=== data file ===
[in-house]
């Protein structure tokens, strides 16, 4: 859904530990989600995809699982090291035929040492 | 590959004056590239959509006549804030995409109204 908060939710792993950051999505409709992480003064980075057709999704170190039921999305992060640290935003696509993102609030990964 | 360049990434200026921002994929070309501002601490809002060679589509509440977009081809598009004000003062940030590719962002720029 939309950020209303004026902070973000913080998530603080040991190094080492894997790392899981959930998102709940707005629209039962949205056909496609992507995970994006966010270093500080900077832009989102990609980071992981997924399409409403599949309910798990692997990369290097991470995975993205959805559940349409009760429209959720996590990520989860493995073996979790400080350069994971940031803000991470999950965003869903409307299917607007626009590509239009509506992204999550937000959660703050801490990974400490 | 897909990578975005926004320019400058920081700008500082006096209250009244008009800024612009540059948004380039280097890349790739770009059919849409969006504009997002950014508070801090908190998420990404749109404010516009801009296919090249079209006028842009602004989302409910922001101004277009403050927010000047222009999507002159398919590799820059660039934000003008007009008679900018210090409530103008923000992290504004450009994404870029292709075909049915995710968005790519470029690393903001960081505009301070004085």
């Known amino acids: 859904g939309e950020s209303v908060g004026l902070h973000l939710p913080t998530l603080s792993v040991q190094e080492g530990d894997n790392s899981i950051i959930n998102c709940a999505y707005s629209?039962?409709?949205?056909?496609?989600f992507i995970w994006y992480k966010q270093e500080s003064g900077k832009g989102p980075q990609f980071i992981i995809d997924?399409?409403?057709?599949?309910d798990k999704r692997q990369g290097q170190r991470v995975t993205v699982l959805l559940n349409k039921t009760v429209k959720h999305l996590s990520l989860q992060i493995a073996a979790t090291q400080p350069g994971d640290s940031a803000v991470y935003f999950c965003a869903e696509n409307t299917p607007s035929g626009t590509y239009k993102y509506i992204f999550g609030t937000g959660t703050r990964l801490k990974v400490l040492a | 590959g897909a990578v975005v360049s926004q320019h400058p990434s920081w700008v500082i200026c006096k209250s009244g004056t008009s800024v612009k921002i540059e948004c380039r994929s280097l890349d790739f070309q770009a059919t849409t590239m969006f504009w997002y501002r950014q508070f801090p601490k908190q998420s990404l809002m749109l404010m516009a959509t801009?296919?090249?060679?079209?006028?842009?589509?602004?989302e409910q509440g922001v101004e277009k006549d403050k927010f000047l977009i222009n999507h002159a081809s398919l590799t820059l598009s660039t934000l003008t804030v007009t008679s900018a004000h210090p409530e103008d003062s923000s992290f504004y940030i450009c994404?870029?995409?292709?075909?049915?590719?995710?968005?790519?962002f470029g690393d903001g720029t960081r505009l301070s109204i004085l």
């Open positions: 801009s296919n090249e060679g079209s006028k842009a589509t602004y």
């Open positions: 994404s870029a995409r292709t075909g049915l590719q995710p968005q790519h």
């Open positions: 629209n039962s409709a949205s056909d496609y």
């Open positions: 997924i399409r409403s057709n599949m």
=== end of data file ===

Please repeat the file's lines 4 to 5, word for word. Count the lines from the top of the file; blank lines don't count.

């Open positions: 801009s296919n090249e060679g079209s006028k842009a589509t602004y």
């Open positions: 994404s870029a995409r292709t075909g049915l590719q995710p968005q790519h």